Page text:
Taking medicine with your children can be challenging, but your efforts will be rewarded when they take it without difficulty. To help your child feel comfortable, consider allowing your child to choose the food and drink he or she takes the medicine with. You can also try to hide the taste of medicine with a strong-tasting snack such as frozen yogurt. Also, you can ask a pharmacist about mixing the medicine in other liquids to make it more bearable.
Children around eight years of age are able to understand the use of medicines, such as Tylenol and Aspirin, and they can distinguish between these two types of medications. They also have a basic understanding of their effectiveness, having previously only seen their parents taking the latter for fever and other ailments. Moreover, they can now take pills, which is a significant milestone since they have switched from syrup to tablets. However, it is important to remember that children do not understand all the ways in which these medicines work.
Parents should also keep track of their children’s medicines at home. To keep it secure, avoid leaving medicine unattended or in childproof containers. Keeping track of your child’s medications will allow your pediatrician to prescribe the correct medicine for them. Keep a record of each medicine, as well as their side effects, so you’ll be able to identify any problems or allergies. Even if you’re vigilant, medication mistakes can still happen. Whether your child accidentally snatches a pill from a cabinet, or your child grabs the wrong bottle, mistakes can occur.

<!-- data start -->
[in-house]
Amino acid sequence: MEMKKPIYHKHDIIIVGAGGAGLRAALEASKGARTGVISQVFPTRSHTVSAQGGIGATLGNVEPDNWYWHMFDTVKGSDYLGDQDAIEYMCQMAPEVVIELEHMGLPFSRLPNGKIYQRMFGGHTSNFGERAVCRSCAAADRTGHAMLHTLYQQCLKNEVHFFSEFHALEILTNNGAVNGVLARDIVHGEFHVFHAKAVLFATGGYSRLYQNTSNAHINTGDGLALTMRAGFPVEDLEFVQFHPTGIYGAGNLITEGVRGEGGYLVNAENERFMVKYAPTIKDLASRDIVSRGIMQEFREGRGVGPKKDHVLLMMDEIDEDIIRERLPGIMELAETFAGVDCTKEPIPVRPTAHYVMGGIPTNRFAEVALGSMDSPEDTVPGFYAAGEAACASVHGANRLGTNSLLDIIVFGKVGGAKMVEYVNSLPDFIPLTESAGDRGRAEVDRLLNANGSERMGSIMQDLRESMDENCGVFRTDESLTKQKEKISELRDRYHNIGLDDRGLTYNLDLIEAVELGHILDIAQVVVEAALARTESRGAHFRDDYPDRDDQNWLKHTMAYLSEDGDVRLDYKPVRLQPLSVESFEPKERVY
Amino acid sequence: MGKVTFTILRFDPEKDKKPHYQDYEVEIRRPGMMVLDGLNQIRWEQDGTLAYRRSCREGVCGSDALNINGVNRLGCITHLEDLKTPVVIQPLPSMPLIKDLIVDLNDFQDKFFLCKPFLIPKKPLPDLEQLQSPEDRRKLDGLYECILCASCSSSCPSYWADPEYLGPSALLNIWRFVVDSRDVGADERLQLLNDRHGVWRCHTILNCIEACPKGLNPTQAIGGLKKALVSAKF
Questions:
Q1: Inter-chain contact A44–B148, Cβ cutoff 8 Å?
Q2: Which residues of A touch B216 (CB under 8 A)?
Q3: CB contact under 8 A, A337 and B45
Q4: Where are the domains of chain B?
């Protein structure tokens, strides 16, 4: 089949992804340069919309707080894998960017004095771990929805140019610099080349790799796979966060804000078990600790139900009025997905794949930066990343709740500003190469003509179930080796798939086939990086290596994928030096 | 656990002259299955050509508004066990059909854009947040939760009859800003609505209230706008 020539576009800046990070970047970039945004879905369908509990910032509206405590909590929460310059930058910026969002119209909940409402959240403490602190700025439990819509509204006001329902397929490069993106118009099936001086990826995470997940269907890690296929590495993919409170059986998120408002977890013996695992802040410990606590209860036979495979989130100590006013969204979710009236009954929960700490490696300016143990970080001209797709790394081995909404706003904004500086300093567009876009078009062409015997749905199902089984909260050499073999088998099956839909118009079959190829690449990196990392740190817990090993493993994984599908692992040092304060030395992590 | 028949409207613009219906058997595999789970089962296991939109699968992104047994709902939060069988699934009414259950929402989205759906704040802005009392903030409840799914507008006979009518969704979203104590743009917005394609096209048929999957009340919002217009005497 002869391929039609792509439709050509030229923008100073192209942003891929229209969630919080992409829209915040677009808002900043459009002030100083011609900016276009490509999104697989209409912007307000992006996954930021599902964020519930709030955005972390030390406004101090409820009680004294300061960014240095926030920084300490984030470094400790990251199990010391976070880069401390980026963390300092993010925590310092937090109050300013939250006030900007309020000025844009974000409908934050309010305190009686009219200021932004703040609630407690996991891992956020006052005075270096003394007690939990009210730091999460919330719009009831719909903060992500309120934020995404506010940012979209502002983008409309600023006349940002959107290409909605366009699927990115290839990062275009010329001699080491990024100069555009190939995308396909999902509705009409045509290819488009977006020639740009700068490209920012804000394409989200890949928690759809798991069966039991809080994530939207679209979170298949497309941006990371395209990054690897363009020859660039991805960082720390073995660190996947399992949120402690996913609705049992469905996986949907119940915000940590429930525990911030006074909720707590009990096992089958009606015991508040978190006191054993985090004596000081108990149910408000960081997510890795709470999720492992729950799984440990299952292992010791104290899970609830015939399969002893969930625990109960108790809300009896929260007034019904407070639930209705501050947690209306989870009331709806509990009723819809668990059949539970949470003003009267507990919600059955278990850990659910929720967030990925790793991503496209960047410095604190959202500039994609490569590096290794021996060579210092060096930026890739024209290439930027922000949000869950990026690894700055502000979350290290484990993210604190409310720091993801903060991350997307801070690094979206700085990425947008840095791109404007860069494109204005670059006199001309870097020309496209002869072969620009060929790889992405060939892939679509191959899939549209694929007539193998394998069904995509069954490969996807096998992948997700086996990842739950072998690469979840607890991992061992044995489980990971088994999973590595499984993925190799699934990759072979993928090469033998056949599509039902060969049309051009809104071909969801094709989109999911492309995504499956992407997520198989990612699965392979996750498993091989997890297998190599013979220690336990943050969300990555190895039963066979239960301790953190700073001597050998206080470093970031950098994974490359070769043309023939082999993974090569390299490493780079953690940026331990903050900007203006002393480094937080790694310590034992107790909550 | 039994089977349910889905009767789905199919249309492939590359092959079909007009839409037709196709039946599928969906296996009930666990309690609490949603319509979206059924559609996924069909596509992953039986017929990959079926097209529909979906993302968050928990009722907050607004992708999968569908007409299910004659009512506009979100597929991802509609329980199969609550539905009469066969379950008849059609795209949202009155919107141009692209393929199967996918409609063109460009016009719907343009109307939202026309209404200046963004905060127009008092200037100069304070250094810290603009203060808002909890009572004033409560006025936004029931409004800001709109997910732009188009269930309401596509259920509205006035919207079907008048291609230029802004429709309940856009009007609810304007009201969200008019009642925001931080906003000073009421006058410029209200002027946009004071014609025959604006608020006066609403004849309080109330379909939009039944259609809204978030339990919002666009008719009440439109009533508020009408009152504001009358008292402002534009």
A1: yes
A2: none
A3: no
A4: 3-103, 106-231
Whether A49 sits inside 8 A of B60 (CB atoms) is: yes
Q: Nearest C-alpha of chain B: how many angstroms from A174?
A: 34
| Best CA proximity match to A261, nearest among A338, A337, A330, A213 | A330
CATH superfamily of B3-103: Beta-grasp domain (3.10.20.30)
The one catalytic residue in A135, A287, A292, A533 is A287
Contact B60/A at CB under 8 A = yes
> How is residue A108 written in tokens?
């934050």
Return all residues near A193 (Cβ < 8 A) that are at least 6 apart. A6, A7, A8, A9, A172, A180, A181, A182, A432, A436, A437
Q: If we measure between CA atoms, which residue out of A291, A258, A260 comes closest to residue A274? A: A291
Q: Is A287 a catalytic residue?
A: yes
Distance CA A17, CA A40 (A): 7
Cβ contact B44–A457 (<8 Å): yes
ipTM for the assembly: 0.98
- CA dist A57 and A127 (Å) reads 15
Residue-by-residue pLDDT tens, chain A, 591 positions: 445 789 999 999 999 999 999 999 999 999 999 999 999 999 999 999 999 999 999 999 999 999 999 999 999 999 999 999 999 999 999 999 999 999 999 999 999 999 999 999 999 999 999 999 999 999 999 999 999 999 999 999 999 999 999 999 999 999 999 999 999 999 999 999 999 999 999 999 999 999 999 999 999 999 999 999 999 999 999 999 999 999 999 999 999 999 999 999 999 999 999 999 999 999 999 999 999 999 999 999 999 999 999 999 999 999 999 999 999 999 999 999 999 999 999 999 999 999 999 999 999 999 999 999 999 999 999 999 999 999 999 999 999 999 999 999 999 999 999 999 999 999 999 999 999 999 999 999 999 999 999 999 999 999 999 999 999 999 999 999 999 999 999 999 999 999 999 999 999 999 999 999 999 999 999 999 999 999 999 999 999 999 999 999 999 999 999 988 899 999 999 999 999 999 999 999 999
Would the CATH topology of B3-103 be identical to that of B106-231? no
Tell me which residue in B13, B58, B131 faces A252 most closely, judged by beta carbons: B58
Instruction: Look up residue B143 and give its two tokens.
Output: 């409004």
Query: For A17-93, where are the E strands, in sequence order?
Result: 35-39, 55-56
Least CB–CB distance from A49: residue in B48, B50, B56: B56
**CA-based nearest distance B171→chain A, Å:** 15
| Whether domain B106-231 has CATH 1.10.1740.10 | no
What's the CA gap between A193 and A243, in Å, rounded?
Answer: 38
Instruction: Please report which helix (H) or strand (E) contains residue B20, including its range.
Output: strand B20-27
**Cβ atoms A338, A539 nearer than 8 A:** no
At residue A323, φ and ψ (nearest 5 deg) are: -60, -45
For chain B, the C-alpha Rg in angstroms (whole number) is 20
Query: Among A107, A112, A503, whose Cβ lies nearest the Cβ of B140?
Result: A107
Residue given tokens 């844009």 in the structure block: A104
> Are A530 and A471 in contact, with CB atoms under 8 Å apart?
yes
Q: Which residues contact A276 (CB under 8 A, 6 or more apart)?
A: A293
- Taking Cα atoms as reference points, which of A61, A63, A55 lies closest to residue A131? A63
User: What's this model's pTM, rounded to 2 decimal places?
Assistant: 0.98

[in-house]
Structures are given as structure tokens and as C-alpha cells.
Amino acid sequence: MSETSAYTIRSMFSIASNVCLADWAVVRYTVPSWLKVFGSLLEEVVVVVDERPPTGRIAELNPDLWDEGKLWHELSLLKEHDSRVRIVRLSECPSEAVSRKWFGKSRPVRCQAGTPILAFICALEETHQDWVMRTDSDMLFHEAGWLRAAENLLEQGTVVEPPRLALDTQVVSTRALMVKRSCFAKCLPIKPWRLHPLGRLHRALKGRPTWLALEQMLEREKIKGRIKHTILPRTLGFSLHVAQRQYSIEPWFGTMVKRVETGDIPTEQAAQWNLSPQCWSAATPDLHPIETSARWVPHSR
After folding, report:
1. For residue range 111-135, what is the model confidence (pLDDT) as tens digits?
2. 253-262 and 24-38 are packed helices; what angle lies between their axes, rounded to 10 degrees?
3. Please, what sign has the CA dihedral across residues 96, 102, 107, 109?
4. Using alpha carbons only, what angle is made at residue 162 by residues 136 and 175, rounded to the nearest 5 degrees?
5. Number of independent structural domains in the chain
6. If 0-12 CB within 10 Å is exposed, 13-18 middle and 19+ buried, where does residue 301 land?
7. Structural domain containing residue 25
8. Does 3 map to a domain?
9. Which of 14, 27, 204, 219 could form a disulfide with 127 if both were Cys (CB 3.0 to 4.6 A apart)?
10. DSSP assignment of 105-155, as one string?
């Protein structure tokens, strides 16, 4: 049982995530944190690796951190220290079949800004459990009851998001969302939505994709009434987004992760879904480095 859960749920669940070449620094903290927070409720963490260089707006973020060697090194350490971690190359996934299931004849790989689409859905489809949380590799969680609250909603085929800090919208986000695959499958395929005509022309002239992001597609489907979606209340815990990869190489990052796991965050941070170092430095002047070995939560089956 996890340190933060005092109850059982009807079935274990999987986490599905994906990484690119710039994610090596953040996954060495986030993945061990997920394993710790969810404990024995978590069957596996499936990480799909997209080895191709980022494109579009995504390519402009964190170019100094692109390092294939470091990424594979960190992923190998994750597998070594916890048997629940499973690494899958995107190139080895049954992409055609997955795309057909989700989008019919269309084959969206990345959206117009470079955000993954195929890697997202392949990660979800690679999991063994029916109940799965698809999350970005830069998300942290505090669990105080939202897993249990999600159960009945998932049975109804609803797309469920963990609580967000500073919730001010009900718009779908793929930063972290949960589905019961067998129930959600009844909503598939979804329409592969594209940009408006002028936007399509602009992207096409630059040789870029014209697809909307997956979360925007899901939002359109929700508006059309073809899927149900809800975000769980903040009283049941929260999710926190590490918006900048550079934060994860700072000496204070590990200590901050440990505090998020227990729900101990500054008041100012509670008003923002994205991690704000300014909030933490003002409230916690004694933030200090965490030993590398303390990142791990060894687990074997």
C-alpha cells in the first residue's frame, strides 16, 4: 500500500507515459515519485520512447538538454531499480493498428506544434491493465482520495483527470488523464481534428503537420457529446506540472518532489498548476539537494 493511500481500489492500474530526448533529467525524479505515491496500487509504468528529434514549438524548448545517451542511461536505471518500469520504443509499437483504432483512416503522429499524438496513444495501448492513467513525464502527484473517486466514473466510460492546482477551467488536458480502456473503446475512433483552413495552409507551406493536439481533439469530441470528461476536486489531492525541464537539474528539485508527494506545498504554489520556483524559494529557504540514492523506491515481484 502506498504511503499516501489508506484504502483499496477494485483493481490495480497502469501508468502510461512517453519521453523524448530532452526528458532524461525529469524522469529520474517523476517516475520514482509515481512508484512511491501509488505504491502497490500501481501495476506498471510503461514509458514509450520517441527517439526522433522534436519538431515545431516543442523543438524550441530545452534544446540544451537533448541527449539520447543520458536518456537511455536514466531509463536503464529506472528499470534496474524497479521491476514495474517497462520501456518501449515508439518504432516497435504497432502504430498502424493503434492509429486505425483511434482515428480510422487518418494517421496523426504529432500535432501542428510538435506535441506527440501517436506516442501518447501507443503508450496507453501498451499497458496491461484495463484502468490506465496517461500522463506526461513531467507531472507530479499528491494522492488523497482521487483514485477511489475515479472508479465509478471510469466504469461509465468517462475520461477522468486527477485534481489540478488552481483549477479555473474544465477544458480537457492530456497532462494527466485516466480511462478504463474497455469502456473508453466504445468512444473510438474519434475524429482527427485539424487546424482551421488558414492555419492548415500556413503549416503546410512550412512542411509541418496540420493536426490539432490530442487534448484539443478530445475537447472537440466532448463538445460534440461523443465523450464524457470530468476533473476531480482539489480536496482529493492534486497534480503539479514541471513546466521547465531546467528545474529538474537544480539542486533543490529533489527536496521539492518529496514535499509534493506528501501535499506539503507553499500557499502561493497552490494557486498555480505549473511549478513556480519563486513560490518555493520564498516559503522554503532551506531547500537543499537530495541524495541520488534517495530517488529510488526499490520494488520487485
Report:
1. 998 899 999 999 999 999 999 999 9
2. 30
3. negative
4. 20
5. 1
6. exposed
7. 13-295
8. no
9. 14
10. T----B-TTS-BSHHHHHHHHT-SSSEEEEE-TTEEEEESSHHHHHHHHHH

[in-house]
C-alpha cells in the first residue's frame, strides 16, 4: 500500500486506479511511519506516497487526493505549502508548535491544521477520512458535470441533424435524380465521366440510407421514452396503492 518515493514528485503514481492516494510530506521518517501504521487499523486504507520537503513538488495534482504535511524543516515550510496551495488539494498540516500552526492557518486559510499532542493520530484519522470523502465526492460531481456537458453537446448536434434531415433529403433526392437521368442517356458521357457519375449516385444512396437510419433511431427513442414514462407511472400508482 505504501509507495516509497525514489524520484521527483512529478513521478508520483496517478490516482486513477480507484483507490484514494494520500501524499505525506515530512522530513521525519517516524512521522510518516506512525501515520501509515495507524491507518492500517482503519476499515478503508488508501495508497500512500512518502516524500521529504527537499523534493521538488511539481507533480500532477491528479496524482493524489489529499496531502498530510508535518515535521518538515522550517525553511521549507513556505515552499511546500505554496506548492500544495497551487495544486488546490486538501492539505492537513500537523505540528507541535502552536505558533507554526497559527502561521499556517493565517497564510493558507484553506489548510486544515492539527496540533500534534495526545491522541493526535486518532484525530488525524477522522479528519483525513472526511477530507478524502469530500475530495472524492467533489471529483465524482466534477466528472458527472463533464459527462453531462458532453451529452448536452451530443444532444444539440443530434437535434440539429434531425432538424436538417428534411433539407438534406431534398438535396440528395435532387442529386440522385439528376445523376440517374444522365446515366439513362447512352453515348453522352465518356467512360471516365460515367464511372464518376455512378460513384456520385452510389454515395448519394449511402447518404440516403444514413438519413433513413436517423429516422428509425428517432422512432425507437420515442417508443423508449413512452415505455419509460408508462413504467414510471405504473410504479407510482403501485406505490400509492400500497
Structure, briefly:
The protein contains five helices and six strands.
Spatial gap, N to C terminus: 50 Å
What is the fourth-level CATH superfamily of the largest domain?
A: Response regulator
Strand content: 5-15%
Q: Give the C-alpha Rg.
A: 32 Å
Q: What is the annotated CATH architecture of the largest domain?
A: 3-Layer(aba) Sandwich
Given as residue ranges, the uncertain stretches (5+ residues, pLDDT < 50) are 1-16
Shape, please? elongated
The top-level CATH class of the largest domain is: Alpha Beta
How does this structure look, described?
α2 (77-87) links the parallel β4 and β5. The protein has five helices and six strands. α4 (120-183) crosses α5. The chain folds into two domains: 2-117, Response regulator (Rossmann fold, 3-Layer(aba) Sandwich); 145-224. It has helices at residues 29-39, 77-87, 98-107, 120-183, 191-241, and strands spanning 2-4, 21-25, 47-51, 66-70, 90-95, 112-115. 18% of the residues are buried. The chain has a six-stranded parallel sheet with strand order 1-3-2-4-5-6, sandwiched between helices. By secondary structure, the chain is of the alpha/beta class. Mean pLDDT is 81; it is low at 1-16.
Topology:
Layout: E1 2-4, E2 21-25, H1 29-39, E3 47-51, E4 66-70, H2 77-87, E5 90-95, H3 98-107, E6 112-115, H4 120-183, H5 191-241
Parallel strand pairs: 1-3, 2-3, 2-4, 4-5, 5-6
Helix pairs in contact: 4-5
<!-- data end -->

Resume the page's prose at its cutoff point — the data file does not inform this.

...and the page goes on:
A child’s medicine should only be used for a specific symptom. For example, a child suffering from a cough might not need a multisymptom cold medicine. It’s also important not to give your child an oral cough and cold medicine unless he or she has undergone a sleep disorder. Always check the label for the dose and keep a log of the medicine. You should also check with your pharmacist for information about the right medication.
If you choose to give your child a particular medicine, you should also make sure you know how to give it to your child. Most medicines come with a dosing device, so it’s important to use the one that comes with the medicine. Using a household spoon is not recommended. You can also ask a pharmacist about how to store the medicine. It’s best to keep it in the refrigerator or away from direct sunlight.
Preventing kids from gaining access to your medicine is the first step in preventing their accidental exposure. The best way to keep medicine out of the reach of children is to store it in high-level places such as medicine cabinets. It’s estimated that over two-thirds of all visits to emergency rooms are a result of medicine being left in a child’s reach. Even vitamins, hand sanitizer, and diaper rash creams can be toxic to a child.